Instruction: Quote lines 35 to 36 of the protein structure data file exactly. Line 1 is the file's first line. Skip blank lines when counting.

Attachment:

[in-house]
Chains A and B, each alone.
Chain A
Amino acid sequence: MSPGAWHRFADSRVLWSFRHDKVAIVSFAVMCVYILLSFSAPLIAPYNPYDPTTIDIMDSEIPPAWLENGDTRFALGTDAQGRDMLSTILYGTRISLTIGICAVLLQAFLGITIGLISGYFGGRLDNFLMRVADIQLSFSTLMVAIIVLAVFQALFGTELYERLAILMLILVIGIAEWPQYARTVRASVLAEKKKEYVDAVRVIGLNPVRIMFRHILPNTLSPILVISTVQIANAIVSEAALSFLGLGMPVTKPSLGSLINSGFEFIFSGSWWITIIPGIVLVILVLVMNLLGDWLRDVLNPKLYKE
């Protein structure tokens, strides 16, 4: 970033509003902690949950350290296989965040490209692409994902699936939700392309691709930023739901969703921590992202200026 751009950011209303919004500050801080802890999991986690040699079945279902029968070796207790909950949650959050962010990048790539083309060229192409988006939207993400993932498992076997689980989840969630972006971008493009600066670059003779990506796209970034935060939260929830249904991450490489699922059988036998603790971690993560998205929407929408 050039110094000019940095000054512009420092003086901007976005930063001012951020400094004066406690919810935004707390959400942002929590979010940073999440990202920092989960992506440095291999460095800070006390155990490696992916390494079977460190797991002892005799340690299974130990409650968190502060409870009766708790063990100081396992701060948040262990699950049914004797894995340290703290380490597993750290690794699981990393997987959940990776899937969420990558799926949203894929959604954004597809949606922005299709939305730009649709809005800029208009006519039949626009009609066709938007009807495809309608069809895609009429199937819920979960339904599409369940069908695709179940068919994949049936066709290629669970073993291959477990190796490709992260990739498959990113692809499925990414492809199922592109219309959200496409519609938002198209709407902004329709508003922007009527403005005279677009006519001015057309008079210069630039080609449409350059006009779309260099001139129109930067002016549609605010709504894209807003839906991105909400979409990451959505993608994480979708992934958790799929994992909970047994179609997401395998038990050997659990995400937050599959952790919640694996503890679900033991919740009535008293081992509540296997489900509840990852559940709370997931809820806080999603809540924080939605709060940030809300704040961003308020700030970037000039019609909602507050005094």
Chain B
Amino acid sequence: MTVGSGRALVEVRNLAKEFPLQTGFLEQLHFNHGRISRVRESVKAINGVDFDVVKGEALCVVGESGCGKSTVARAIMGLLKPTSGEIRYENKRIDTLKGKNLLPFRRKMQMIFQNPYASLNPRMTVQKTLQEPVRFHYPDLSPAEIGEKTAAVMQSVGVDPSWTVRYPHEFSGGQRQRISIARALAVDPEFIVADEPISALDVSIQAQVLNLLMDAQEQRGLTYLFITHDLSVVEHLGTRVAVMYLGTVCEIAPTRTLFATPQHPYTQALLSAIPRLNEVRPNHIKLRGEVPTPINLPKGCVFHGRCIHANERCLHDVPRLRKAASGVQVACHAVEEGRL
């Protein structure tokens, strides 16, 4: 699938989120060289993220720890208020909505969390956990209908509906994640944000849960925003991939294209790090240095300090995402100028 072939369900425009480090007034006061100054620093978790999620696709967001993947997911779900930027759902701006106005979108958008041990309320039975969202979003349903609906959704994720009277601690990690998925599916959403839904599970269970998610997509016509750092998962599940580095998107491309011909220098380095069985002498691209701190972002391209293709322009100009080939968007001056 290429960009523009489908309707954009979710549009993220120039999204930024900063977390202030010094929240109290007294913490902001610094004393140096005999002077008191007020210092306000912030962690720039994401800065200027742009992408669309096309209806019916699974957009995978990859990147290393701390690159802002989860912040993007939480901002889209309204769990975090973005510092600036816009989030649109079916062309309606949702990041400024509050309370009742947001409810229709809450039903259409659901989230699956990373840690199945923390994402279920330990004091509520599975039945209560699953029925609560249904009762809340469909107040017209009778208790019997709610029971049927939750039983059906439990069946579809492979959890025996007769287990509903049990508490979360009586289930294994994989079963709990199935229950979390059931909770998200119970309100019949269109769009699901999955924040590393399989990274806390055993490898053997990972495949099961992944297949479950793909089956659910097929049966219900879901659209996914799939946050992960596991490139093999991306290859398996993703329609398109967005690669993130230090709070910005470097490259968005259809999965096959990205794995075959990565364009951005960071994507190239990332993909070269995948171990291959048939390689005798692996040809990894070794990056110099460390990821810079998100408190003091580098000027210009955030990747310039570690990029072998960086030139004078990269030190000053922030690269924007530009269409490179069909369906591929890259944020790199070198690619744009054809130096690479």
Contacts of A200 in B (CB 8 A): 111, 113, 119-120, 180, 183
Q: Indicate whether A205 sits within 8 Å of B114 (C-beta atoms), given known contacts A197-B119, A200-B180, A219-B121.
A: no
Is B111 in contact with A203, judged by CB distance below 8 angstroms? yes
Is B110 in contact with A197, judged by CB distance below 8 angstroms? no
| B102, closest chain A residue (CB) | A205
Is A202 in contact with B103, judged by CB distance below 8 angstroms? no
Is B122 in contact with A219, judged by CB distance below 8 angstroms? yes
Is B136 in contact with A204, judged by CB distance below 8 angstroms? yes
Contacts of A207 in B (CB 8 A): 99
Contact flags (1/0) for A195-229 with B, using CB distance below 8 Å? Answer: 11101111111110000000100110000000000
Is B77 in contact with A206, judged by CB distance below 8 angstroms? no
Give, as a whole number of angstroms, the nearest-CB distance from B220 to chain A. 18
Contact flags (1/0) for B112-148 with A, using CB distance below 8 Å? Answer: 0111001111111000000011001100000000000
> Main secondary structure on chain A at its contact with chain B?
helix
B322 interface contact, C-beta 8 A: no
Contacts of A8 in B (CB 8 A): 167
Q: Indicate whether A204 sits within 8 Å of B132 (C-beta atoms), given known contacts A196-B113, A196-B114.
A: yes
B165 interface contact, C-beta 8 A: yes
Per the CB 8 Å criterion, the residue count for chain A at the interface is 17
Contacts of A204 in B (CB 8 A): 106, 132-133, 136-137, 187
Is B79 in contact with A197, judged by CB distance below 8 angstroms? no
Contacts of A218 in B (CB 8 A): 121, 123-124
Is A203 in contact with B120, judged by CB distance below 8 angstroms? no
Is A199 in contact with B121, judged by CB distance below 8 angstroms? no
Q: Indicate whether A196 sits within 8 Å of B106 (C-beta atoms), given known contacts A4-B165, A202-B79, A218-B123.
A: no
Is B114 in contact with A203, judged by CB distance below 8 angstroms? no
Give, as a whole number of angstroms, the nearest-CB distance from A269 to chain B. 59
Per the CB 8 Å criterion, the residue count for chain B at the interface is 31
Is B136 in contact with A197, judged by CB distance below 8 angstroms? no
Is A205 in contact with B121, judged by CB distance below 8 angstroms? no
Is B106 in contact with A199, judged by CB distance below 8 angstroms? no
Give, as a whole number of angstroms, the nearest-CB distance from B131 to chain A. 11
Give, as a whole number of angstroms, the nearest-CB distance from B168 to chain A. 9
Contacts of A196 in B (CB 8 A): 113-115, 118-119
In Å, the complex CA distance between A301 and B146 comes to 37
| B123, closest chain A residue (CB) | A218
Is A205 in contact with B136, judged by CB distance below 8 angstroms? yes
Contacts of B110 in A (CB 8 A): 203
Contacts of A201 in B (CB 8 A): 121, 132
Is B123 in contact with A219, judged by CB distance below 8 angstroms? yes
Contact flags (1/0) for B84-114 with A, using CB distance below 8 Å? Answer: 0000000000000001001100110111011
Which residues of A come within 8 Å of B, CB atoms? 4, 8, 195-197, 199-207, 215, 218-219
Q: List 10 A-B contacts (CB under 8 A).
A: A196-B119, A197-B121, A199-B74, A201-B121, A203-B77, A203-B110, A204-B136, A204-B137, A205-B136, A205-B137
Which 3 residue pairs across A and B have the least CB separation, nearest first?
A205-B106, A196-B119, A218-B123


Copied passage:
Is A199 in contact with B121, judged by CB distance below 8 angstroms? no
Q: Indicate whether A196 sits within 8 Å of B106 (C-beta atoms), given known contacts A4-B165, A202-B79, A218-B123.